Whether it’s the surge of mushroom-inspired motifs or the free-flowing silhouettes inspired by the season finale of Daisy Jones & The Six, the colorful psychedelia of the 1960s and ’70s is everywhere lately. As for Los Angeles–based stained-glass artist Rachel Burnstein, she has been riding that wave since founding Bad Glass Shop in 2020.
Burnstein’s art career originally started in weaving and sculpture, two crafts she studied at the California College of the Arts in Oakland. Leading up to the founding of Bad Glass Shop, Burnstein had actually never worked with stained glass before—but in 2019, she decided to take a break from the loom and explore new forms of material expression. In between her three-job rotation managing a comedy club, bartending and working as a receptionist, Burnstein enrolled in a series of classes at Barnsdall Art Center in Los Feliz, including glass- and jewelry-making.
“Day one was rough—the piece [of stained glass] I made is the funniest thing,” she tells Business of Home. “I now teach classes twice a year, and I always bring what I made on my first day, which looks like a little kid did it. It’s just horrible.” The name of the studio she founded a year later is a nod to that steep learning curve, as well as the artist’s self-deprecating sense of humor. And while glass was a much harder medium than Burnstein expected, pandemic lockdowns granted her time to refine her technique. “I was making something every day and just getting better and better,” she says.
With a better grip on the process, it was only a matter of time before inspiration struck and stuck. “I have this amazing vintage clock that I got from a flea market,” says Burnstein. “It’s shiny, wavy—very Dalí-esque. One day, I was looking at it and thought, ‘You know what, I would love a mirror like that.’” It didn’t take long for her to design and fabricate the piece, which set the tone for the mirrors that are now the bread and butter of Bad Glass Shop, a studio based out of Burnstein’s L.A. home.
Burnstein’s artful mirrors strike an aesthetic that lands somewhere between a Tiffany lamp and a lava lamp—the centuries-old stained-glass tradition gets an energetic, irreverent update via kaleidoscopic borders and free-form shapes. “I draw everything, and I’m definitely inspired by psychedelia and forms found in nature,” she says. After drawing on paper, cutting out those shapes and tracing them on to glass, the individual pieces are cut, assembled, foiled and soldered, with cleaning in between each phase. Then the mirror is ready to be hung.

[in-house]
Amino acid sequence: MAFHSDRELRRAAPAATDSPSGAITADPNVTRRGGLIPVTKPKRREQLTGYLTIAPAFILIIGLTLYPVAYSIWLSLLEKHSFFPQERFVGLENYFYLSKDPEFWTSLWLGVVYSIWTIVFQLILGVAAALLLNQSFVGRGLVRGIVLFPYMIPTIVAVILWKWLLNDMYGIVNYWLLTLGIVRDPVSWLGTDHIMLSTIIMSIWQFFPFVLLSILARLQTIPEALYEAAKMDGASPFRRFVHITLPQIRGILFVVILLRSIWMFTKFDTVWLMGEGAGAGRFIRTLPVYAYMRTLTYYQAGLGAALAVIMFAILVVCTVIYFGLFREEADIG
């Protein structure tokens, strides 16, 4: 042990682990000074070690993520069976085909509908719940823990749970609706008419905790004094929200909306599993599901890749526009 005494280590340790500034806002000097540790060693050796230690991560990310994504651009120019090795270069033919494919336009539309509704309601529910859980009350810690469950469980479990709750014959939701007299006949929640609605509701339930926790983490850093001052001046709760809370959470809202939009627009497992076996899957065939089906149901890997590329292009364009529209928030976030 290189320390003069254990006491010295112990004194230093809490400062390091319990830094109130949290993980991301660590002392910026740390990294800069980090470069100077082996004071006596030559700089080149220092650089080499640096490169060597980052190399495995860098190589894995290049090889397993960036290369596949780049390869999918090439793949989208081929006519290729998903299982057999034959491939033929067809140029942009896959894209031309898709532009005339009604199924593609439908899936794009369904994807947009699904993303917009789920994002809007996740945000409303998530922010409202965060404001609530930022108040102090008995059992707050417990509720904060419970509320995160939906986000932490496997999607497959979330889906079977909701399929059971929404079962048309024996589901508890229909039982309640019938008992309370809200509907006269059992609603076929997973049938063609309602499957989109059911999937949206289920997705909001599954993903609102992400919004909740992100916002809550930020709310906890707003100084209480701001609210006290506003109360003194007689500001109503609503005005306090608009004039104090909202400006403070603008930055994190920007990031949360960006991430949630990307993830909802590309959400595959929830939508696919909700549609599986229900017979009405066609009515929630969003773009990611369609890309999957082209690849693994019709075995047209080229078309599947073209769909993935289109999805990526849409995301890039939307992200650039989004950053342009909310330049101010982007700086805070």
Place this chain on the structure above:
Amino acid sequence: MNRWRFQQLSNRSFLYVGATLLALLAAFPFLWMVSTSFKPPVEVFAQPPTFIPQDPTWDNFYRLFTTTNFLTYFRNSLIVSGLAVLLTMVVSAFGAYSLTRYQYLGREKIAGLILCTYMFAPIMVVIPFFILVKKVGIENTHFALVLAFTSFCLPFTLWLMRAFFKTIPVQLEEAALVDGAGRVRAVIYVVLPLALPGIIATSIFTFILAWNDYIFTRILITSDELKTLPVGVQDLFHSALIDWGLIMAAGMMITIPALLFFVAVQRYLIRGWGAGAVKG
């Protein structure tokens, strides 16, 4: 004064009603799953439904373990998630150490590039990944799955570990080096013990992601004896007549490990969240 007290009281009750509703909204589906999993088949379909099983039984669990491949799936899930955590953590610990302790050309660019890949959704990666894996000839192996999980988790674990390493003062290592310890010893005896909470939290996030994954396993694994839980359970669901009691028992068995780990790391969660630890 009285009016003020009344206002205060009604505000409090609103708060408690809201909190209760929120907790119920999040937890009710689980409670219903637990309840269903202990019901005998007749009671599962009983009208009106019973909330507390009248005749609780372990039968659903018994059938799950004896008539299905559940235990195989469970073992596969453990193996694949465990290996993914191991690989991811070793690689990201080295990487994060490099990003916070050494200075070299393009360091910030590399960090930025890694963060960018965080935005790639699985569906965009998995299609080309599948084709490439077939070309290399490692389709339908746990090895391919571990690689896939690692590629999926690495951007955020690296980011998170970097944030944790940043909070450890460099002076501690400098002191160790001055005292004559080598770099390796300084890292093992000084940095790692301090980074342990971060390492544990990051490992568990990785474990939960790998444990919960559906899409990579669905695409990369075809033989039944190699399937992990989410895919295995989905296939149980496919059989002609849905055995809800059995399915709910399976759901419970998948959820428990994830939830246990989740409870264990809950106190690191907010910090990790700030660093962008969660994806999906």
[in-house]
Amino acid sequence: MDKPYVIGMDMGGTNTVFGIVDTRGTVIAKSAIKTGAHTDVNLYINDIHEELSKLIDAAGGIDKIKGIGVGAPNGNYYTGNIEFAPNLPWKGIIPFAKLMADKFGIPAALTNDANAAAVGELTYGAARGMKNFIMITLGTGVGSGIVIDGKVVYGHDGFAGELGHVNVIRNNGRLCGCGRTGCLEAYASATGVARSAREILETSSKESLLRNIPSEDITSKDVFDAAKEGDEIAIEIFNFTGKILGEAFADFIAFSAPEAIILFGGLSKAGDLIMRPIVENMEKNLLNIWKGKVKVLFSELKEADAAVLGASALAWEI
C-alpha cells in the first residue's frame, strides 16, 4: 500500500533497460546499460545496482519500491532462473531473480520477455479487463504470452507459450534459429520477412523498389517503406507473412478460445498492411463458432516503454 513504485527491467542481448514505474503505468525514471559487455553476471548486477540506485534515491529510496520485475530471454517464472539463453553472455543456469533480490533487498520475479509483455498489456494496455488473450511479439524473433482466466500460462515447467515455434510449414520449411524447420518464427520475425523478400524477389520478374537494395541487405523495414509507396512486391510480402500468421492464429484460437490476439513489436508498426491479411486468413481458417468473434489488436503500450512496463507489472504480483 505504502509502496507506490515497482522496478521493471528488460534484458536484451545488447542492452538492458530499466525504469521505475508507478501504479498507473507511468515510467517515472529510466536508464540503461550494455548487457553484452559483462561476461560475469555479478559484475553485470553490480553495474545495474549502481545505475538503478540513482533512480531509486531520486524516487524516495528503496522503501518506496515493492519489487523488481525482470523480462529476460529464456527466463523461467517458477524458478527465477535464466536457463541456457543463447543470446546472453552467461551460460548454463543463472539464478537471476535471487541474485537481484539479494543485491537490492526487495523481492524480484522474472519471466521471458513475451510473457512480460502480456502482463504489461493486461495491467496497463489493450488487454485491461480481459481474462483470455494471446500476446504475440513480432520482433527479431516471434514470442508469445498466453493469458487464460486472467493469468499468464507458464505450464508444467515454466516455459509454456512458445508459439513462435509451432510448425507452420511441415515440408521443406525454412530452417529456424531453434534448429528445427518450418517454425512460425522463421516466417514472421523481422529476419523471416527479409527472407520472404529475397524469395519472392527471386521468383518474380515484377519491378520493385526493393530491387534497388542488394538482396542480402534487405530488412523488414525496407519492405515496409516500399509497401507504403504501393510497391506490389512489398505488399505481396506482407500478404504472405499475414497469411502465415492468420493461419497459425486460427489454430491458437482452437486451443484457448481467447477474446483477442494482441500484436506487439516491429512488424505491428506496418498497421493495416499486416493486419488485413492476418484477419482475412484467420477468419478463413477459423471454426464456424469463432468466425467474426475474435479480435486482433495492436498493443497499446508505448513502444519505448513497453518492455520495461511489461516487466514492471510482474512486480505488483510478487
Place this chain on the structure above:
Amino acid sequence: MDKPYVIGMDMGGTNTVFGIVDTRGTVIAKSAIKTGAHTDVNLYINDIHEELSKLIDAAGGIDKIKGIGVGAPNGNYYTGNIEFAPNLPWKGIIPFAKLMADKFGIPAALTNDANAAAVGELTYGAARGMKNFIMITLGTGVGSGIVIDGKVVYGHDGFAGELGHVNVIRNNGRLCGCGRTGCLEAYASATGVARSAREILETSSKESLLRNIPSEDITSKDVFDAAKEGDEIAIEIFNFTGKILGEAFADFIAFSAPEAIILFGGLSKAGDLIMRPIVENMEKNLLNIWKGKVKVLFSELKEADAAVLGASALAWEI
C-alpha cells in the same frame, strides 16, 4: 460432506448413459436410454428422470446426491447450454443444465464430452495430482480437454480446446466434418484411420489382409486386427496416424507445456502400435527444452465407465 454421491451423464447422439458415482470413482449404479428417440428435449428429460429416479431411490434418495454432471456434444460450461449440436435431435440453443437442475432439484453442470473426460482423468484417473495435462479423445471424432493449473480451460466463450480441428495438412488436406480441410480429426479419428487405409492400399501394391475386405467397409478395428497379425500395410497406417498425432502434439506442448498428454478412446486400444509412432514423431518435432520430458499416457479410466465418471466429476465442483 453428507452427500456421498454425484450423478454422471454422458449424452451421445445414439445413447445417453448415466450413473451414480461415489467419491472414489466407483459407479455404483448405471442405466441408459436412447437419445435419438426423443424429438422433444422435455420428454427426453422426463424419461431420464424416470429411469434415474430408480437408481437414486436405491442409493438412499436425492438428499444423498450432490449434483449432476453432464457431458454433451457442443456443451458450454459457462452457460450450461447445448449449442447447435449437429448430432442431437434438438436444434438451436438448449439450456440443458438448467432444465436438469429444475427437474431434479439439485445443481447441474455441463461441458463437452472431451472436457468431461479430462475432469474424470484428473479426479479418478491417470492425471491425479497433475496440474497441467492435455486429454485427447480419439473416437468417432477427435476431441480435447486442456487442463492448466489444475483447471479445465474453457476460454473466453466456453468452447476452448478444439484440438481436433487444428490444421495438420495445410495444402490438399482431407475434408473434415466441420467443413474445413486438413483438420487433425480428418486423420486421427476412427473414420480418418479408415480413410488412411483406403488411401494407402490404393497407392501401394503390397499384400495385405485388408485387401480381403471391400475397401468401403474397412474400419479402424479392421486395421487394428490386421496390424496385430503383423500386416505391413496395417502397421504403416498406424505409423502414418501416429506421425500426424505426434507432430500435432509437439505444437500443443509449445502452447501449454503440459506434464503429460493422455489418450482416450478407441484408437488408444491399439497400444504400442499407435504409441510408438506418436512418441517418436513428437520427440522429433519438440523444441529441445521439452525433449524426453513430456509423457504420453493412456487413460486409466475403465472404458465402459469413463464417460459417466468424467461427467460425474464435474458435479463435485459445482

Bad Glass Shop’s product output currently stands at about 60 percent custom work for designers and savvy homeowners, including buyers ranging from downtown L.A. to Dubai, thanks to the reach of Instagram. The average price of a Bad Glass Shop mirror hovers around $600, with a lead time of two to four weeks depending on workload and order complexity. “[My customers] are collectors, interior designers, people from Instagram—everyone has the same opportunity to purchase something,” she says. “I usually release small-batch collections, and you can [browse and order] through there, [allowing] everyone equal opportunity to reach out and create a custom piece—[which] I like.”
Up next for Bad Glass Shop is an installation at The Other Art Fair in Los Angeles from March 30 to April 2, and for those in New York, Burnstein’s Angel mirror is currently on view at Snow Gallery on the Lower East Side. And to think that just a few years ago, Burnstein was focused on a loom. “It’s definitely uncomfortable trying something new and truly being terrible at something—it’s so humbling,” says Burnstein. “I explored a lot of different careers and industries, but I didn’t want to do any of them more than making what I’m making. With glass, it’s just fun.”